Dubai's new Downtown Design fair and a glimpse at the city's future creative hub
Top global design brands gathered at the foot of Dubai's Burj Khalifa last week for the launch of a new fair, Downtown Design. Sited on a soon-to-be-developed patch of land, flanked by the world's tallest building, the tent's location itself brought home the need for contemporary furniture design in a city where tower blocks (despite the impact of the global downturn) still seem to rise from the sand almost overnight.
'We want to make Dubai a catalyst for design in the UAE and a meeting point for design internationally,' declared Downtown Design director Cristina Romelli Gervasoni. The fair is the sister event to Art Dubai and design-art showcase Design Days Dubai - the latter of which launched in 2012 and has since seen a flock of new design galleries open in the city.
'The proportion people are spending on interiors as part of overall construction is very high in the region,' said Lindsay Miller, managing director of the Dubai Design District (nicknamed D3), an ambitious new development of which the first phase is scheduled to open in 2015. 'So the potential for the industry is huge.'
To boost the region's nascent design scene in the meantime, Downtown Design lured in big guns like Vitra, Cappellini, Fritz Hansen, Poltrona Frau and Gaia & Gino, who flaunted their latest collections to local interior designers, architects and furniture distributors. 'The UAE market is growing fast so it's very important for us to meet local company directors,' said Giulio Cappellini.
For seasoned fair goers like ourselves there was little from the international brands that we hadn't seen earlier this year - save for a new leather 'weekender' bag by French designer Pauline Deltour for Discipline we'd like to have nabbed for the flight home. Instead, our greatest prize was the discovery of a new collection by Dubai-based Khalid Shafar.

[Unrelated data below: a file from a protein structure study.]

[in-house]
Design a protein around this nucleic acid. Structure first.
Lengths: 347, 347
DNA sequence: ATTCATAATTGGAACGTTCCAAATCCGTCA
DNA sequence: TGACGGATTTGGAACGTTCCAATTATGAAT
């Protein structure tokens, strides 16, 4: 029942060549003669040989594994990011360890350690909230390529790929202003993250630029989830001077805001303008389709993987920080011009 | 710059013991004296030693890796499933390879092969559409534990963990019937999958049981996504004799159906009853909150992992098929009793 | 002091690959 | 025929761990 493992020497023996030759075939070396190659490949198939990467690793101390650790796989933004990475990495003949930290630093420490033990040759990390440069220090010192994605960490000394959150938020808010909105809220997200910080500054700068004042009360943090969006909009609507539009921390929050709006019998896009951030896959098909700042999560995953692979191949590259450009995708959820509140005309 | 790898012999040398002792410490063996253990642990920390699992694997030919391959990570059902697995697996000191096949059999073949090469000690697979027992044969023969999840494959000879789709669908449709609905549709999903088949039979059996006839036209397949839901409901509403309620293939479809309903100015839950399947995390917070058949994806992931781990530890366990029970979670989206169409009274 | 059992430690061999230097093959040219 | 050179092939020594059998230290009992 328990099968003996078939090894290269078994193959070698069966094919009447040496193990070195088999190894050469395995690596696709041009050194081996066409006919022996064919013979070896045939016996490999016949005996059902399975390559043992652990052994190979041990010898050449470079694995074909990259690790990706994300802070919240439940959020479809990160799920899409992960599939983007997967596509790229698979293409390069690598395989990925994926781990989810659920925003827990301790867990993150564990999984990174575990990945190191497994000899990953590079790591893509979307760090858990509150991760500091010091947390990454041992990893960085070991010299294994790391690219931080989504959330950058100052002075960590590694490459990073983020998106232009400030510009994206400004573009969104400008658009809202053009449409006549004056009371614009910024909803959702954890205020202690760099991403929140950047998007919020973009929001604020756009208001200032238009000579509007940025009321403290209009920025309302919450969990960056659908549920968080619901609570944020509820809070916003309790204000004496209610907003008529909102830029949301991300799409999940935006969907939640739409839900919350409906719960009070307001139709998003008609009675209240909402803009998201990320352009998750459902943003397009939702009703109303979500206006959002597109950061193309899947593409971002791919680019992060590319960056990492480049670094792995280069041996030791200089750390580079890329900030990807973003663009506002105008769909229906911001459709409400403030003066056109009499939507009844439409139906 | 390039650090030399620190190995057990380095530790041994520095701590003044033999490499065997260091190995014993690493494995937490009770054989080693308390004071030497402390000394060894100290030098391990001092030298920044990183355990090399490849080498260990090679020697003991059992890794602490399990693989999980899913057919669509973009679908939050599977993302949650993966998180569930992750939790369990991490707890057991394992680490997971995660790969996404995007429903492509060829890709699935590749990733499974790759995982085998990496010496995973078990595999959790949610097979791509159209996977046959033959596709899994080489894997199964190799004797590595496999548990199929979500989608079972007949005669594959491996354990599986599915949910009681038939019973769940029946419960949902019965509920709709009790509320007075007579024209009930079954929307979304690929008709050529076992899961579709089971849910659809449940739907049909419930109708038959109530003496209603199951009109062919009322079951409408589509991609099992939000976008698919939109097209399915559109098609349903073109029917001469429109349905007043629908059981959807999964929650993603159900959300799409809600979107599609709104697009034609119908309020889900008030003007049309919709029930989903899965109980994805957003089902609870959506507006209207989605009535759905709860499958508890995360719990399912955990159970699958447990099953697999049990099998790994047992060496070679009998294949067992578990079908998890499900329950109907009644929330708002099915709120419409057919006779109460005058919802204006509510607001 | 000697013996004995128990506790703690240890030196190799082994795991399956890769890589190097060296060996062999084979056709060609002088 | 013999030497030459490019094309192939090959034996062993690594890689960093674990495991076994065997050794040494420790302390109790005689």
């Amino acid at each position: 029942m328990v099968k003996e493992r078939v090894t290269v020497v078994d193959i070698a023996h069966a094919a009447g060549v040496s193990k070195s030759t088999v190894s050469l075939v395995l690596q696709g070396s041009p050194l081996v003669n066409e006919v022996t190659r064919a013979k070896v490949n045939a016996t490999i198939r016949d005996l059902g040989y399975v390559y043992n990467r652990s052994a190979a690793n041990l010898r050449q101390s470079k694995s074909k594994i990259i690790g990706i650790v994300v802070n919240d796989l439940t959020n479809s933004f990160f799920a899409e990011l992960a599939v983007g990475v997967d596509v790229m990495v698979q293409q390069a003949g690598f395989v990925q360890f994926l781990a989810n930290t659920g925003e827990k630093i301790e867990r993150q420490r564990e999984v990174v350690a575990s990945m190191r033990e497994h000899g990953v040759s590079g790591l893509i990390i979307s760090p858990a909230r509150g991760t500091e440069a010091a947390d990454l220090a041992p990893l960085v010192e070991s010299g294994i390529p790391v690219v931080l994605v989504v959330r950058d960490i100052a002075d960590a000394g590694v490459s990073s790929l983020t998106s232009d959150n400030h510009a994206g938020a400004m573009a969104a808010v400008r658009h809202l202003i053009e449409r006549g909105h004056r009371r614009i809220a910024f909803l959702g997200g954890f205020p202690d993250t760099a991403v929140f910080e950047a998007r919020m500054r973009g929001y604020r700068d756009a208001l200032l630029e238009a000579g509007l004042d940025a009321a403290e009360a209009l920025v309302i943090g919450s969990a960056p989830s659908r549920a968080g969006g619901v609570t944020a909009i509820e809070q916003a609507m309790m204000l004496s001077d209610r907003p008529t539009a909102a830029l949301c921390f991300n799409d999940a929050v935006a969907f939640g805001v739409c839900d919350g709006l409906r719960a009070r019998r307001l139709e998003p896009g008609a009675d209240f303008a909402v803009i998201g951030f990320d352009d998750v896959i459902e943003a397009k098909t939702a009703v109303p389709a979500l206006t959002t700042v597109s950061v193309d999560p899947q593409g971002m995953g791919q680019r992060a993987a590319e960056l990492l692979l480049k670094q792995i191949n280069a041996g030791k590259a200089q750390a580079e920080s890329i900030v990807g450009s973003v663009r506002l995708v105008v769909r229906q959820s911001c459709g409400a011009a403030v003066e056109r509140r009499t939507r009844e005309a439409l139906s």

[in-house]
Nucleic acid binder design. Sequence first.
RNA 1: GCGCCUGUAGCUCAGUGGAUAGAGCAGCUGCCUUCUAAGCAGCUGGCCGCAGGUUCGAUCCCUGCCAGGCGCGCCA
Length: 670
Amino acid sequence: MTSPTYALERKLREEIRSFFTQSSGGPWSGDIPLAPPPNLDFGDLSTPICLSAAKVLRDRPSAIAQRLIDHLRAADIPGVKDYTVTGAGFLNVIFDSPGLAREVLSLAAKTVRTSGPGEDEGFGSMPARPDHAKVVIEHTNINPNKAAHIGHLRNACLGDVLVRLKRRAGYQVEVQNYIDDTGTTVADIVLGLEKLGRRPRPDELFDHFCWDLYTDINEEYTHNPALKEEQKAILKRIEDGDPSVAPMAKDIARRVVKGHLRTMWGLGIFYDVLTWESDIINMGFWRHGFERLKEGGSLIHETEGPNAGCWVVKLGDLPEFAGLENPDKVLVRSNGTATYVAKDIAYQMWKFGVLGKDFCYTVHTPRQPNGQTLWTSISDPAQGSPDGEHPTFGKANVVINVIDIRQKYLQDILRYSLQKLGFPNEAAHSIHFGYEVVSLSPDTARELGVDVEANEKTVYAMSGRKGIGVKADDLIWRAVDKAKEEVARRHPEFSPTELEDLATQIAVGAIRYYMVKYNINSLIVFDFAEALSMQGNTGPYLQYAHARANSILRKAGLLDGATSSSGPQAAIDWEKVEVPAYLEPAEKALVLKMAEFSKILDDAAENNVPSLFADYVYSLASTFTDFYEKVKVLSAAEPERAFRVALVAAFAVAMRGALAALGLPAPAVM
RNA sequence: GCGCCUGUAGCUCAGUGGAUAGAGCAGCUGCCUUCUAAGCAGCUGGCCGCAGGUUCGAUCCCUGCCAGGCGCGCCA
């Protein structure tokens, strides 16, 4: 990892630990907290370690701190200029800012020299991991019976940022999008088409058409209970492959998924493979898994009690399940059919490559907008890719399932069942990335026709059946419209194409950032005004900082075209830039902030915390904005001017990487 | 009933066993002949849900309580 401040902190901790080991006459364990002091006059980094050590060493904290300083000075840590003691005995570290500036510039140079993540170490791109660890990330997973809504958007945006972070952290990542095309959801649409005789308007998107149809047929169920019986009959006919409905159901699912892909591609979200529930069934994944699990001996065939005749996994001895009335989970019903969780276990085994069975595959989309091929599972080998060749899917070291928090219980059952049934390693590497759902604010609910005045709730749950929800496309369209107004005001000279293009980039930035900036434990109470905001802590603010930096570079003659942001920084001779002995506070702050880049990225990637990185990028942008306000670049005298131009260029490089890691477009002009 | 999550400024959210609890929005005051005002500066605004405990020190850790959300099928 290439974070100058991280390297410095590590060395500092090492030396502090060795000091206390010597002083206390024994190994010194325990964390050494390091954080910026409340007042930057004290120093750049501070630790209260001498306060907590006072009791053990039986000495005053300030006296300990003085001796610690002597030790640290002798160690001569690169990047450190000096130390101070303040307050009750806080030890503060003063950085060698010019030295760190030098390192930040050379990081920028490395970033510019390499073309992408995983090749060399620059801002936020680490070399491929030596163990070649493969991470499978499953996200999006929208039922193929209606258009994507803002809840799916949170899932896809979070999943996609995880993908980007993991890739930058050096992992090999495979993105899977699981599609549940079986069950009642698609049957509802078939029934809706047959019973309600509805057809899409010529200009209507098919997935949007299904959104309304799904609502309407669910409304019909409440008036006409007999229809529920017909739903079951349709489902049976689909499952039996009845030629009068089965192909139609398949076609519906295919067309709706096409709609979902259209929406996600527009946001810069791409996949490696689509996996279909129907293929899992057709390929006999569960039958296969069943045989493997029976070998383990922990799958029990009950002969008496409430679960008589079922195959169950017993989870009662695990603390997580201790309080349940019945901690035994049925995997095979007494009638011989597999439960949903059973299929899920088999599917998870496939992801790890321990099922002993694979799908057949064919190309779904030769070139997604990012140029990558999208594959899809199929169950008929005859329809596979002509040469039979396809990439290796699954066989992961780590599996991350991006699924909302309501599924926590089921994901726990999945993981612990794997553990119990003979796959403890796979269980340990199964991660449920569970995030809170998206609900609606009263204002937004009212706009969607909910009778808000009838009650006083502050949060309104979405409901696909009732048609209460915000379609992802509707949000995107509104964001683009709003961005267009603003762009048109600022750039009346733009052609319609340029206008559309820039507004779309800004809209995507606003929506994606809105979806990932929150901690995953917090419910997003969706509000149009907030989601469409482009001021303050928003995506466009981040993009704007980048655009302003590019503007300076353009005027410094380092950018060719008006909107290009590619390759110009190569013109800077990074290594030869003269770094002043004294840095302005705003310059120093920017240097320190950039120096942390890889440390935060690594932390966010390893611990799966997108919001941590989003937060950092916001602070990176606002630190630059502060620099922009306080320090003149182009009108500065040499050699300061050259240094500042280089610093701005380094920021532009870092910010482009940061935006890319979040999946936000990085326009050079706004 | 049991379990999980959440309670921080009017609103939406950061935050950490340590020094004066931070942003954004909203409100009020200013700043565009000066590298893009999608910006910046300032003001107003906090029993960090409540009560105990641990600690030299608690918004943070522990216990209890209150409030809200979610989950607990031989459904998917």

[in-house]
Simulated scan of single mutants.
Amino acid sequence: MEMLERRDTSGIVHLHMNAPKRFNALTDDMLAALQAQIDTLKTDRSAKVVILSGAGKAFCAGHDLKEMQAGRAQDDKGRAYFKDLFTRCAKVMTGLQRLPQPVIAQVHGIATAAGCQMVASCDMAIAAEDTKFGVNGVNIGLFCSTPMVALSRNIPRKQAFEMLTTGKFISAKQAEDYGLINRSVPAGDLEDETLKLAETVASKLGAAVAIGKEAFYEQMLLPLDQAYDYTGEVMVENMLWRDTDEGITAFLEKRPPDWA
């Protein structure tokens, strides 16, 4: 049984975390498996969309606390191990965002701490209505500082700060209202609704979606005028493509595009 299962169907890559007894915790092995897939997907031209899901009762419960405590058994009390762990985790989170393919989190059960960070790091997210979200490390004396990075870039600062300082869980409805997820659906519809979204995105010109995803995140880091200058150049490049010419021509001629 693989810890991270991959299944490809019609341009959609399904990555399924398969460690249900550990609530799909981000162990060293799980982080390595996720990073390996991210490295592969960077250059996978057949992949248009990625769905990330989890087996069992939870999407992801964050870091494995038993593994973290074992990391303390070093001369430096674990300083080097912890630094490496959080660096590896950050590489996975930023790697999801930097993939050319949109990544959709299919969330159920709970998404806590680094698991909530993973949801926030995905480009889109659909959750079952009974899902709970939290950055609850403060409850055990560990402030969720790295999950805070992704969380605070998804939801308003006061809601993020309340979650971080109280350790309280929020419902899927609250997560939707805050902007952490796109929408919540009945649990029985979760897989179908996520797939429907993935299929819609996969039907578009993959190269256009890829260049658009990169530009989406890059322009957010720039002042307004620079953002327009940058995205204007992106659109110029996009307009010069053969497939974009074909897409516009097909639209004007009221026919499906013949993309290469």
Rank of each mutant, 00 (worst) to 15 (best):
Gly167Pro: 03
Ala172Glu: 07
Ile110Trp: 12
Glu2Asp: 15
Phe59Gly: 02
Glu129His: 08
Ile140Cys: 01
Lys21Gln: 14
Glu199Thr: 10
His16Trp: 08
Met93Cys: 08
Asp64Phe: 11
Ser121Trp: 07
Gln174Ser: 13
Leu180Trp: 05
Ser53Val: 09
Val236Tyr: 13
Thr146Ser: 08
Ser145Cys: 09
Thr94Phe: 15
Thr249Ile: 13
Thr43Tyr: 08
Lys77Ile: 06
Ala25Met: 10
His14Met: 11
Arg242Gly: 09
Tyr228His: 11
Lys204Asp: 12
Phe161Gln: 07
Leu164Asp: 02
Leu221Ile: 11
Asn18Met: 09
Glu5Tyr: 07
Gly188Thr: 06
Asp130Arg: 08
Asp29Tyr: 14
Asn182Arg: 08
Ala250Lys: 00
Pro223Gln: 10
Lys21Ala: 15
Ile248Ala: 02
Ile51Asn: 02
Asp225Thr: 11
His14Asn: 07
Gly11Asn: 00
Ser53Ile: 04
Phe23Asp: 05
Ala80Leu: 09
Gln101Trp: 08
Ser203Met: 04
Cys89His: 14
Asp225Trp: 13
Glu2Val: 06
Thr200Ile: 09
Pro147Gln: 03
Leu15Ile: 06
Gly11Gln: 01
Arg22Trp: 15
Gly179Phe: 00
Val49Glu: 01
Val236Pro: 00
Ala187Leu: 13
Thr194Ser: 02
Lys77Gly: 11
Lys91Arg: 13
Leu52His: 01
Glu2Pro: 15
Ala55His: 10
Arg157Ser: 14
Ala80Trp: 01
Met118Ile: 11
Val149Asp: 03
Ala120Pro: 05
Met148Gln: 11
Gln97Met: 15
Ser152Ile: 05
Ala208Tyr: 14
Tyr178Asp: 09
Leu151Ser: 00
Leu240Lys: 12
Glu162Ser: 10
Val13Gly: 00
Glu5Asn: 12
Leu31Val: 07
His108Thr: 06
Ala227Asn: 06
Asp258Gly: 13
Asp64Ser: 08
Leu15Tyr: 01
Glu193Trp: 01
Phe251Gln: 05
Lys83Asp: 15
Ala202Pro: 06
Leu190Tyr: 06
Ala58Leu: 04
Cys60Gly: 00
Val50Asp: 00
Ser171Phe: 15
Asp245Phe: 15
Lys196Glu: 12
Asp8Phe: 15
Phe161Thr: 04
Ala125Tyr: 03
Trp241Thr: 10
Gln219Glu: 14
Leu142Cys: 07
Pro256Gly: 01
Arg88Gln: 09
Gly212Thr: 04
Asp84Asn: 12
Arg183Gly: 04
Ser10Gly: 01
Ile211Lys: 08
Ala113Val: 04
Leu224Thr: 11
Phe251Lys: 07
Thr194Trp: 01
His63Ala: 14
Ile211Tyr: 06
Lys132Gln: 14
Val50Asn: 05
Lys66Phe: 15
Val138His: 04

The Emirati furniture designer - who collaborated with the Campana brothers at Abu Dhabi Art in 2010 - produced an elegant series of tables and vanity units for the Nouvelle Vague showcase that are a pleasing mix of metal bases, marble tops and camel-leather shelves.
To create his pieces, Shafar worked with Abu Dhabi tannery Al Khaznah and its new division Atelier AK, which also launched camel-leather upholstered furniture. Said Shafar: 'It's important for Dubai to show what can be exported abroad in terms of design.' This sentiment was echoed by Cristina Romelli Gervasoni. 'Downtown Design needs to be a platform for promoting local as well as international products.'
In reality, Shafar and Atelier AK were more than a little out-numbered at the fair. But, with the launch of the D3, that could well change for future editions. The new development by Tecom Investments is intended to act as an incubator for the region's design and fashion industry, and will offer a mix of studio spaces, showrooms, offices, a convention centre, shops and hotels.
Those of us used to seeing design districts develop organically - be it in London's Shoreditch or Cape Town's Woodstock - may balk at the idea of such a ready-made creative hub. But 'cluster' developments are the specialty of Tecom Investments, which draws on the success of its Media City in Dubai, based on a similar principle. 'We want the area to be alive 24-7, so that trade visitors can interact with residents,' says Lindsay Miller, who says that occupants of the first phase have been secured. 'Designers will also be able to showcase their work in the hotels.'
Like Downtown Design, D3 will provide a link between local and international makers, manufacturers and distributors, as well as adding much-needed infrastructure. This will be fostered by the recently announced new Design and Fashion Council, whose international advisory board will be unveiled this year. 'The Council will be very important to the industry,' Shafar told us. 'We need a committee who can represent us and create opportunities, in a similar fashion to the how the British Crafts Council promotes design overseas.'
The impact of the council and the new design district is almost impossible to predict. But at the rate Dubai is developing, the opportunity is obvious. For now, it's largely the international brands that are seizing the day. But Downtown Design - and the Dubai design industry as a whole - could be a different game in a few years time.